Voices as an editorial project grew out of a trouble time, in which the outbreak of Covid-19 exacerbated the flaws of existing cultural and institutional models, brought to the fore new and old forms of violence, exposed the limits of transnational models of governance, and made visible the short-sightedness of the dominant neoliberal paradigm. Inevitably then, the criticality of the current historical moment provides the background against which the majority of the contributors had to work to develop their thoughts around alternative ways of thinking and doing cultural institutions.

Some authors addressed the topic from a speculative standpoint, focusing on the way in which language constructs our reality; others instead looked nostalgically at the political might and the specific type of body-based knowledge that arise from the experience of sharing a physical environment – be it a kitchen, a school classroom or an underground club. Some employed the language of intimacy to write about their experience of isolation and alienation in a context of time suspension, reclaiming the value of empathy as a compelling tool in the face of existing world order and labour exploitation.

Others embraced their roles as public figures (museum directors, school deans, etc.) to challenge the functioning and the mechanics of the cultural institutions they represent. Some lamented the depletion of natural resources, and the parallel exhaustion of human bodies – especially of those who are poor, deprived of any power and displaced. Finally, some discussed forms of abuse that pass through data sovereignty and technological bias. Others focused on the social potential of digital gaming environments, alluding to the online transition of the Russian Pavilion itself.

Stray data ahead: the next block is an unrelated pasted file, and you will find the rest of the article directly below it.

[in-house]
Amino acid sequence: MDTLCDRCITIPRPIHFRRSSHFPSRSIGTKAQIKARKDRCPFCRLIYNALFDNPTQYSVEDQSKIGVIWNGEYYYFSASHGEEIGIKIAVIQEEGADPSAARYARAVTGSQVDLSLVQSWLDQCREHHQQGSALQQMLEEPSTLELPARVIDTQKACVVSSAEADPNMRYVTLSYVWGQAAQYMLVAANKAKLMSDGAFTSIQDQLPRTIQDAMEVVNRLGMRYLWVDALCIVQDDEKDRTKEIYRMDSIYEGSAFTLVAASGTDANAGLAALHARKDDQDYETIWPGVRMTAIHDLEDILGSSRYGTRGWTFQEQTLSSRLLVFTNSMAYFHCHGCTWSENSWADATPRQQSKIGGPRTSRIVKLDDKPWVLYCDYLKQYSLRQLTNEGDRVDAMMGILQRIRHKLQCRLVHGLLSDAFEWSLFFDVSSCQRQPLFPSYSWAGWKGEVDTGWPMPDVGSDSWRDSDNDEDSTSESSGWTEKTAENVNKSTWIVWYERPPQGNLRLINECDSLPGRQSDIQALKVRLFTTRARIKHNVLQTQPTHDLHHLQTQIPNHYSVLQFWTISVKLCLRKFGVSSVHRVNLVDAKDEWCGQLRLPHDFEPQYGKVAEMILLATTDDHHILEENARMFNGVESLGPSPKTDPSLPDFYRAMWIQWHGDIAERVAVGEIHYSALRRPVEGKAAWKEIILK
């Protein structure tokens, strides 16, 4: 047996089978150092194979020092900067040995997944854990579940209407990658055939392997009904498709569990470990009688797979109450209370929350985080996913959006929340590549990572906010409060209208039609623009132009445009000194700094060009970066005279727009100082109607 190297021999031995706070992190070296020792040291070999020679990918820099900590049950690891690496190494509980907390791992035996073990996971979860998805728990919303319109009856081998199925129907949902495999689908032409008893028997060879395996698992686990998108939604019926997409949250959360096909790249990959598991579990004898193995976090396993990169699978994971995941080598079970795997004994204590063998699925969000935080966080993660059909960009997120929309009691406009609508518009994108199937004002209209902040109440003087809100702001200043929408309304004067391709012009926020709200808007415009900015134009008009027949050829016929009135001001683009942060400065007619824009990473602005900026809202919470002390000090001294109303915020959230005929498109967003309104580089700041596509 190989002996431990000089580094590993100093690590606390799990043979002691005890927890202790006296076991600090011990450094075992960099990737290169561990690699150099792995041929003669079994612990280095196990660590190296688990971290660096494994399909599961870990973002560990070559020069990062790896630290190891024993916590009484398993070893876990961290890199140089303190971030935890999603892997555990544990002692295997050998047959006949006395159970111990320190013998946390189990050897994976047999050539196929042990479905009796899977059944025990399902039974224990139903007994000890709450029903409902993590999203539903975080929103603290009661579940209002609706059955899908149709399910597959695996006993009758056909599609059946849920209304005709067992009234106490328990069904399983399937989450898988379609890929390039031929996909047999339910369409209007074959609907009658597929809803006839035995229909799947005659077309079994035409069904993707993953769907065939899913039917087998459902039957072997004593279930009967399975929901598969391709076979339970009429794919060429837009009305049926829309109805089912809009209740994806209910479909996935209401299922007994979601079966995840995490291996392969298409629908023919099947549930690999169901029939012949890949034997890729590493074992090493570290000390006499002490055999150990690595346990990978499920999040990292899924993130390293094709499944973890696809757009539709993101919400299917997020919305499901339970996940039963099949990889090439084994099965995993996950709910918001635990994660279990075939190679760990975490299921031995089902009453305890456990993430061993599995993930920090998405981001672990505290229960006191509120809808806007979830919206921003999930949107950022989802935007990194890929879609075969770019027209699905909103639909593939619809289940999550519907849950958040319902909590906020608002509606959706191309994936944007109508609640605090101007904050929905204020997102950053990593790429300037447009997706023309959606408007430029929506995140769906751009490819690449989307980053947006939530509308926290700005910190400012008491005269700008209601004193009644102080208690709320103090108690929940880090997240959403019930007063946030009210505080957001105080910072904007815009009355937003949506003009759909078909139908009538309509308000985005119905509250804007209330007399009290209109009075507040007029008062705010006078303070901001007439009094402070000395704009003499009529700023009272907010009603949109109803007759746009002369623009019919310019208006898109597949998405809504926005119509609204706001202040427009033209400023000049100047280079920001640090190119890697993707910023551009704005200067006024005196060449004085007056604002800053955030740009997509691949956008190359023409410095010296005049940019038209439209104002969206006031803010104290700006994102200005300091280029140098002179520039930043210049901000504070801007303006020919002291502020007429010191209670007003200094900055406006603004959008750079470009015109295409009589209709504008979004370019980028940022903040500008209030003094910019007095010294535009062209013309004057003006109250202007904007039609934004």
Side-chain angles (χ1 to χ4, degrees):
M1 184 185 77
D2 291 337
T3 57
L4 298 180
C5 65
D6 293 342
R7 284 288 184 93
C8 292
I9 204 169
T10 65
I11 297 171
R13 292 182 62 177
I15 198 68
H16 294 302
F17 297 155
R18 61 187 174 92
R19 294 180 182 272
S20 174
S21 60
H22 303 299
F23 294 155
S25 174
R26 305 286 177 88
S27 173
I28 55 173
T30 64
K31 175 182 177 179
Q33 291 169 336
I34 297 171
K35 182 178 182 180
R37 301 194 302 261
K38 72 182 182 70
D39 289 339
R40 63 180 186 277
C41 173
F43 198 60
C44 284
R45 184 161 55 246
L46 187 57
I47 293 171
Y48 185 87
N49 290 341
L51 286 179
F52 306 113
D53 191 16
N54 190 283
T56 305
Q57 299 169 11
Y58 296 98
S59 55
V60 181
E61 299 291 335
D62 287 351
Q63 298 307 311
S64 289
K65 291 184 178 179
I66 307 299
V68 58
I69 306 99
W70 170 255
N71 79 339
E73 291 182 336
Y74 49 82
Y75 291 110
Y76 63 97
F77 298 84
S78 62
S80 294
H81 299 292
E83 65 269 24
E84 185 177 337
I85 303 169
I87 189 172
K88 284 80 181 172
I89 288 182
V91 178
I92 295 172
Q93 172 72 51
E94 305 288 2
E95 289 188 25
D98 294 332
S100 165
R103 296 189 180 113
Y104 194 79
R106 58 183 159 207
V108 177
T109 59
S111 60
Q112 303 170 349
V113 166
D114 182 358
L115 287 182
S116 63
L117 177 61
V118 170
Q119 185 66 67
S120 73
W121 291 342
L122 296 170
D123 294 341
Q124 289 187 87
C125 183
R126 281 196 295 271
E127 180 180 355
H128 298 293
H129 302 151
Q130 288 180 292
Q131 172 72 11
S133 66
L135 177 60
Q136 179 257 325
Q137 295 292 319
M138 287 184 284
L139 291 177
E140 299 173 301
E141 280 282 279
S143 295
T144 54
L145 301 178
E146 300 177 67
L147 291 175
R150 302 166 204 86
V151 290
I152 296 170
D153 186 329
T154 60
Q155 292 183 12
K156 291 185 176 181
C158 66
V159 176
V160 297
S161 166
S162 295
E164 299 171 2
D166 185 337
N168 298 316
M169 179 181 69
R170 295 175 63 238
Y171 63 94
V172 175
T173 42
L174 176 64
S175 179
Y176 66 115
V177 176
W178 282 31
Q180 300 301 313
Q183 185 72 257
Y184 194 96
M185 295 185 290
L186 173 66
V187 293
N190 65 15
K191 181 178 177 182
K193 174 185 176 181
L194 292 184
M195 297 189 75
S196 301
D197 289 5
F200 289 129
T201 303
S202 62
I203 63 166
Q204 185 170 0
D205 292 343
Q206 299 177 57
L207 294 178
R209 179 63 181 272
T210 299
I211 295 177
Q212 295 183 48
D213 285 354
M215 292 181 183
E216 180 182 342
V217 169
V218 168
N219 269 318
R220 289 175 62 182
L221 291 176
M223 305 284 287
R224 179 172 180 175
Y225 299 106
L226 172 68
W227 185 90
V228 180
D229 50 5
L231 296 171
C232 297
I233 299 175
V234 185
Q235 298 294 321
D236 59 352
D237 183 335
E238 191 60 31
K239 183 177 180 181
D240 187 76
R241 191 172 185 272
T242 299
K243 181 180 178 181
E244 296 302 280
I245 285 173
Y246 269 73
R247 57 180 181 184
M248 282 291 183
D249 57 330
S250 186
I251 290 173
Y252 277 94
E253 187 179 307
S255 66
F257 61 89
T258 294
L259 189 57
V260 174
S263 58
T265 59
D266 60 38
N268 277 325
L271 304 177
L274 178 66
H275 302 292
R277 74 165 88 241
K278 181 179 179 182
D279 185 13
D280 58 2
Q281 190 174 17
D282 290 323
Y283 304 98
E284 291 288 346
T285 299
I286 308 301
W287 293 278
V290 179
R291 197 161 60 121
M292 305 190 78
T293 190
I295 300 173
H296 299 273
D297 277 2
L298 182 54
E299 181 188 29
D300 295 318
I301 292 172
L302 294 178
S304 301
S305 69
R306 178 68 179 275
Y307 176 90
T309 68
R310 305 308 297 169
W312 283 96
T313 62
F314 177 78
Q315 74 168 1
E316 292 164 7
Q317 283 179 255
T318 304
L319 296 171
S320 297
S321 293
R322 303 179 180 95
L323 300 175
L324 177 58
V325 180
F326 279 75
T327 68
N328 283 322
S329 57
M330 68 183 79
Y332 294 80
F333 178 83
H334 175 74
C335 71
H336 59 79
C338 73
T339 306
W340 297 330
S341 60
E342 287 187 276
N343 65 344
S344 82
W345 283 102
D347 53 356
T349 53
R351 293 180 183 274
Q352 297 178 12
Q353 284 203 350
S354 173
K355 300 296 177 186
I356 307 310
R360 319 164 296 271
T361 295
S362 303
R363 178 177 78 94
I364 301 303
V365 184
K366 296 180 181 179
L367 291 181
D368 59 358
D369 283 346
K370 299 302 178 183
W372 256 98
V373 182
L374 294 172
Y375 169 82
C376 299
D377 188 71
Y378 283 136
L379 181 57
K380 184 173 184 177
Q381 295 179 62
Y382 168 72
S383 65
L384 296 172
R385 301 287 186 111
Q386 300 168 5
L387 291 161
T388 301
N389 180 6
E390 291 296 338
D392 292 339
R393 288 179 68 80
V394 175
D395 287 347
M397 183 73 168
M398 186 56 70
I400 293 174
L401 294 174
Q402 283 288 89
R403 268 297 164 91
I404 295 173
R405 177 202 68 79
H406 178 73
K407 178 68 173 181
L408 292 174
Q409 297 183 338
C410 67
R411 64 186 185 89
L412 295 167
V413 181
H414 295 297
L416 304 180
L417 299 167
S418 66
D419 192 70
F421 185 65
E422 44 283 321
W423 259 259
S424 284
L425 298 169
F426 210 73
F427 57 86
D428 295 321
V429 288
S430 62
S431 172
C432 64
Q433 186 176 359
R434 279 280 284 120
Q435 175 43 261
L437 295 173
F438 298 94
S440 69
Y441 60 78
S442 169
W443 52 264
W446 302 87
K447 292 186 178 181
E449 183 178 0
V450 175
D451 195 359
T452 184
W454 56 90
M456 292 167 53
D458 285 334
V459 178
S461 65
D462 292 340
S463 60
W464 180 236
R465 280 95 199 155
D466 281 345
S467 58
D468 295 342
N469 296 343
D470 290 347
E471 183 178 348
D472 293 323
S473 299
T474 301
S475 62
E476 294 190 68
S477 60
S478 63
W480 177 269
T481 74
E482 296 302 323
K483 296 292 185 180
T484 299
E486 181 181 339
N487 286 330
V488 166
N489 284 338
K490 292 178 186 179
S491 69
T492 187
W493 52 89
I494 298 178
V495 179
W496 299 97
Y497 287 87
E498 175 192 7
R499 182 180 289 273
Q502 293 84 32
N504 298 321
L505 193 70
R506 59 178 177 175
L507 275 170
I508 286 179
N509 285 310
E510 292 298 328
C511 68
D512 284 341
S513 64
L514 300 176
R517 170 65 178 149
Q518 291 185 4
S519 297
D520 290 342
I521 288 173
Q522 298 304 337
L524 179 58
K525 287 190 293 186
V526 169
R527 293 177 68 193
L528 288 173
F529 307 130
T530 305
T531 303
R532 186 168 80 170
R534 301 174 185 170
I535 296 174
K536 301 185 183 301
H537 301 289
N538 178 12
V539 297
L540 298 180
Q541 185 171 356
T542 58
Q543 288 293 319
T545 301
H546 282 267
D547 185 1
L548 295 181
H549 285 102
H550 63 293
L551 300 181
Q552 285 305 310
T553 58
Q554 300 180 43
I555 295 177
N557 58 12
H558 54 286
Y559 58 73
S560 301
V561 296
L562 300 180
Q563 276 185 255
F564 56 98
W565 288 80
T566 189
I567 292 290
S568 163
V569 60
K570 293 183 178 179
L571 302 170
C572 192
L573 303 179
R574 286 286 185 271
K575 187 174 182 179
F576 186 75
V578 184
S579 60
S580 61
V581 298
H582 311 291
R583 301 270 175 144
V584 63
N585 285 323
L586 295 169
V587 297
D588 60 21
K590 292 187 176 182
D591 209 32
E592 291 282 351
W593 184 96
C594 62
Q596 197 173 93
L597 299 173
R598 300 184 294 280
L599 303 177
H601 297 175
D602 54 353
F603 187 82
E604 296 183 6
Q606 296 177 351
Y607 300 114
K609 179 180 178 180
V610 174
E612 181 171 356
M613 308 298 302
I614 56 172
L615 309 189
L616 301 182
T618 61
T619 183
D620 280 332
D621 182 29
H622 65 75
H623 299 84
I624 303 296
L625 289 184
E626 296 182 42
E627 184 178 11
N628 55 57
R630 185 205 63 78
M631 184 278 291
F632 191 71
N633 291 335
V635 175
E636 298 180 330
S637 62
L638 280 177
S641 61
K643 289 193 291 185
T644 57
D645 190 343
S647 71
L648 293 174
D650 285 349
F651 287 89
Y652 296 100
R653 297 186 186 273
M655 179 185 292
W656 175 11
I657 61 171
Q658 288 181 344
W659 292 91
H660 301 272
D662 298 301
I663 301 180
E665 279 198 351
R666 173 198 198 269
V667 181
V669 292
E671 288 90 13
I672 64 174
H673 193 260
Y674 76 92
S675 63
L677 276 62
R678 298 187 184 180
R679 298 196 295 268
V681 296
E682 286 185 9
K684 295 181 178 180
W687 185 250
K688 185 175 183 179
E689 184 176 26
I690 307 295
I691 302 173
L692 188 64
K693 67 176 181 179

Within this multiplicity of angles, the book as a whole works almost as a polyphonic piece in the making, showcasing a web of unexpected connections across different thematic clusters. Voices here are gathered into a single volume and according to a seemingly random structure. In balance between a traditional publication and a website, texts are not organised into chapters but associated with a glossary of ten keywords which, just like hashtags, trace connections across various contributions and re-assemble them into a multiplicity of possible indexes.

The ten keywords highlighted in this introduction are further explored by ten semantic landscapes, each one functioning as a “navigational tool” across the texts and setting a more specific stage to each individual contribution. Voices (Towards Other Institutions) was not conceived as an academic publication but rather as an accessible tool in the hands of a broad and diverse readership. Stemming from the belief that an alternative way of thinking and doing in cultural institutions does exist, its ambition is to inspire and provoke. In its attempt to challenge the present, it positions itself as a tool to re-imagine the future.

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Edited by 2050.plus /
Ippolito Pestellini Laparelli and Erica Petrillo

With texts by
Ramon Amaro, Sepake Angiama, Paola Antonelli, Alessandro Bava, Daniel Blanga Gubbay, Giovanna Borasi, Francesca Bria, Alice Bucknell, Konstantin Budarin, Ilya Budraitskis, Elise By Olsen, Gabriella Gómez-Mont, Anna Kamyshan, Adrian Lahoud, Beatrice Leanza, Chus Martínes & Markus Reymann, Timothy Morton, Ivan L. Munuera, Alina Nazmeeva, Marina Otero Verzier, Kirill Serebrennikov, Sergei Sitar, Jonas Staal, Jenna Sutela, Léa-Catherine Szacka, Pelin Tan, James Taylor-Foster, Oxana Timofeeva

Designed by Lorenzo Mason Studio /
Lorenzo Mason, Dafne Pagura, Simone Spinazzè